802.11ad is the fastest Wi-Fi that you might not ever use

802.11ad is the fastest Wi-Fi that you might not ever use

Millimeter-wave Wi-Fi technology, better known as 802.11ad, is a powerful new wireless standard, for which products are just beginning to hit the market – a router from TP-Link and a laptop from Acer are the only ones so far.

802.11ad is based on very high-frequency radio waves – where today’s 802.11n and 802.11ac standards use 5GHz frequencies, ad uses 60GHz. That means that it’s both capable of handling a lot more data than earlier standards, and a lot more short-ranged, since higher frequency signals dissipate much faster.

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What this means is that 802.11ad offers the possibility of extremely fast wireless speeds over short distances – but experts differ sharply on its eventual role in the enterprise. The differences center on whether 802.11ad will be used in the same way as previous Wi-Fi standards.

Those standards are primarily edge-to-endpoint technology, and while 802.11ad can potentially be used like this, Forrester Research analyst Andre Kindness suggests that this won’t be its primary role.

According to Kindness, it’ll be more of a wireless backbone technology, replacing cabled connections in various parts of the network thanks to its very high potential throughput.

“[It will be used] as a main connection to allow things to happen much more quickly, when you have things for which you can’t roll out cable and you need something slick like that,” he told Network World.

Different wireless technologies have different strengths, Kindness points out, and highlights that many businesses are already using several at a time for very different purposes. 802.11ad is part of Wi-Fi’s expansion, as it adds another use case to its portfolio.

“You don’t see Bluetooth being a generic Wi-Fi thing, what you’re seeing is Wi-Fi trying to expand itself to solve all those different problems out there,” he said. “This one, I would say, is definitely back-end infrastructure and not a common thing you’d use for connectivity.”

That dovetails with other new wireless technologies springing up under the aegis of the 802.11 working group, including 802.11ah, also known as HaLow – a lower-frequency, wide-area standard designed to act as a mesh network for the internet of things.

But not everyone agrees – Qualcomm, which is set to be one of the major silicon vendors behind 802.11ad hardware, argued that the 60GHz standard could see considerably more mainstream deployment than analysts like Kindness suggest.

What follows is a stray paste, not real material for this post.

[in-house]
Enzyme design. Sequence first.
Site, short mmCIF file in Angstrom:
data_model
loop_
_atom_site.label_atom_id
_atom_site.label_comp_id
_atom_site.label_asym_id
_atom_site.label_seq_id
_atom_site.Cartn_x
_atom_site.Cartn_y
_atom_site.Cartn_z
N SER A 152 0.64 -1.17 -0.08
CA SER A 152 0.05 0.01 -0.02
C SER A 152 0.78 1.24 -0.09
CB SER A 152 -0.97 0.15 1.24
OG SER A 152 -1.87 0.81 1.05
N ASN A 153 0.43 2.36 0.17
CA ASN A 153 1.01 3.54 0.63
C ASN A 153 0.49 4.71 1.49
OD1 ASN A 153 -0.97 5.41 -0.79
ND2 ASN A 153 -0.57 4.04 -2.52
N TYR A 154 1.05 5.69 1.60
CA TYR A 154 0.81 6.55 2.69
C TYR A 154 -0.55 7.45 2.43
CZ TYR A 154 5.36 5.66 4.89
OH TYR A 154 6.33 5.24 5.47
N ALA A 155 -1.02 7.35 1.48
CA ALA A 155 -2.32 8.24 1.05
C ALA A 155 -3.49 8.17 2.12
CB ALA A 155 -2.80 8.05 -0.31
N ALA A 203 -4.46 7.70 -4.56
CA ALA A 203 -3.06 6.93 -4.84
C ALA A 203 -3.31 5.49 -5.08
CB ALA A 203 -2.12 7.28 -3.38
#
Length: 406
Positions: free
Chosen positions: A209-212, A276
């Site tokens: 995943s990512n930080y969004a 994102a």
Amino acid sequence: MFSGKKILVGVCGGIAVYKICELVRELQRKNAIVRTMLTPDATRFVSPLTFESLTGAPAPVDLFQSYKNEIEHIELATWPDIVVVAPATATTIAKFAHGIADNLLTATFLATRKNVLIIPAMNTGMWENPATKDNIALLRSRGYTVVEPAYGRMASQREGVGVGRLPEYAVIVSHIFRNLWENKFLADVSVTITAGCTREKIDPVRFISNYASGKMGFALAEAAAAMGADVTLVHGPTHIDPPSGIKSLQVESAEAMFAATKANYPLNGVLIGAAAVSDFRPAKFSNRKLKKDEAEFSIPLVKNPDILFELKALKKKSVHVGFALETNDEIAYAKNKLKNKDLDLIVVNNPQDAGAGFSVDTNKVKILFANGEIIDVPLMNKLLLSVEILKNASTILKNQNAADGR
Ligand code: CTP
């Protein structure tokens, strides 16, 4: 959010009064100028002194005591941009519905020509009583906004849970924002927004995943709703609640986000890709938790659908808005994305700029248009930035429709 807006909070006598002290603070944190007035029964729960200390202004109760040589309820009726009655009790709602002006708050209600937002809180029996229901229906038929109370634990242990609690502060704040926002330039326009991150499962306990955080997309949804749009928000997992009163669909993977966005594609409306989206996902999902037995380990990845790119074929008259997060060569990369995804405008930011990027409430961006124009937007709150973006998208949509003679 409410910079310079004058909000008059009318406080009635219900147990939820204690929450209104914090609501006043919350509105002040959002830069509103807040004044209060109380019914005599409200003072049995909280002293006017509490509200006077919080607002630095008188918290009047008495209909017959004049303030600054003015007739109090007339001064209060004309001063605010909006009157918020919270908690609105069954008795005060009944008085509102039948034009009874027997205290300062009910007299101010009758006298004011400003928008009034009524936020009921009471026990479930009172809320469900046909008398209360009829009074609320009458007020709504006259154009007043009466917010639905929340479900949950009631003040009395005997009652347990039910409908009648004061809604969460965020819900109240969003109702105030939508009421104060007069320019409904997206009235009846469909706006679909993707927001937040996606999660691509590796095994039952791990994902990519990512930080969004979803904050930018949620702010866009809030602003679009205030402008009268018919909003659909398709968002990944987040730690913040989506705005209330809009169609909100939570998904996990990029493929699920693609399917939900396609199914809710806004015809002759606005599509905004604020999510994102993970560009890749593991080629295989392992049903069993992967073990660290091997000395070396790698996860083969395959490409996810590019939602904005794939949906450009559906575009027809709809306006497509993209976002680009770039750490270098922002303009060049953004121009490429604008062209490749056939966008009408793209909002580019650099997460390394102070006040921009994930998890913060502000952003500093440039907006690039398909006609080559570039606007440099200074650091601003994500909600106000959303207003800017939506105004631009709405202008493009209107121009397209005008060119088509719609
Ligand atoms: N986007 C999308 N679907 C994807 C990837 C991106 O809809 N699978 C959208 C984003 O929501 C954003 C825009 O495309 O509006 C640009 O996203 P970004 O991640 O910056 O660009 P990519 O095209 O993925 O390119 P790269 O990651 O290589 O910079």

According to Mark Grodzinsky, senior director of product management at Qualcomm’s connectivity group, 802.11ad will begin to supplement current Wi-Fi technology sometime next year, and it’ll be used in much the same way.

“I think by next year, every major PC manufacturer will have 11ad notebook SKUs available,” he said.

It’s a matter of performance as much as anything, Grodzinsky asserted. Bandwidth demands are still large enough to challenge even 802.11ac wave 2 technology, so there are still endpoint applications of 802.11ad that make sense.

“Everybody in the enterprise wants to see more performance to their seat,” he said. “All the numbers in the world are all nice, but people are pretty self-concerned when it comes to their networks, so they want to know that they’re getting more performance, and the way they get more performance is through more capacity.”

That’s a point underlined by HPE/Aruba’s vice president of wireless strategy and standards, Chuck Lukaszewski, who said that the demand for capacity remains high. Next-generation technology like 802.11ad could provide a “third layer” of spectrum for particularly demanding environments.

“This could be particularly important for industries with very high bandwidth needs that have not been able to fully convert to the all wireless workplace,” he told Network World. “Some examples would be healthcare PACS systems and computer aided engineering/design workers.”

However, Lukaszewski also noted that barriers to widespread use of 802.11ad as traditional Wi-Fi remain, and that it remains to be seen at what point the technology will ever take off in that sense. Simply put, the hardware currently on the market that uses 802.11ad technology doesn’t use it in “infrastructure mode,” or the endpoint-router model common to most present-day Wi-Fi.

“To date, the Wi-Gig products that are shipping in the market have been largely confined to peer-to-peer applications. Once infrastructure mode is widely available on Wi-Gig capable clients, enterprise radio vendors will rapidly follow,” he said.

And while Qualcomm’s Grodzinsky hinted at major product releases coming within the next couple of weeks, nobody is particularly clear on the timeframe for widespread 802.11ad adoption, whether as a traditional Wi-Fi technology or, as Forrester’s Kindness suggests, as a wireless backhaul carrier.

For the enterprise IT department, Kindness argues, it’ll be three years before decision-makers really need to get their arms around 802.11ad.

“It takes about a year to two years to become mainstream, because it doesn’t have product support, you have to understand where you’re going to use it,” he said.

802.11ad routers will be a growing market presence, but Kindness said that their appeal will be limited by a relatively small number of compatible endpoints – if your laptop can’t benefit from multi-gigabit speeds, what use is a 60GHz access point?

“I think it will keep them at bay, outside of backhaul – I don’t see it taking over ac’s job.”

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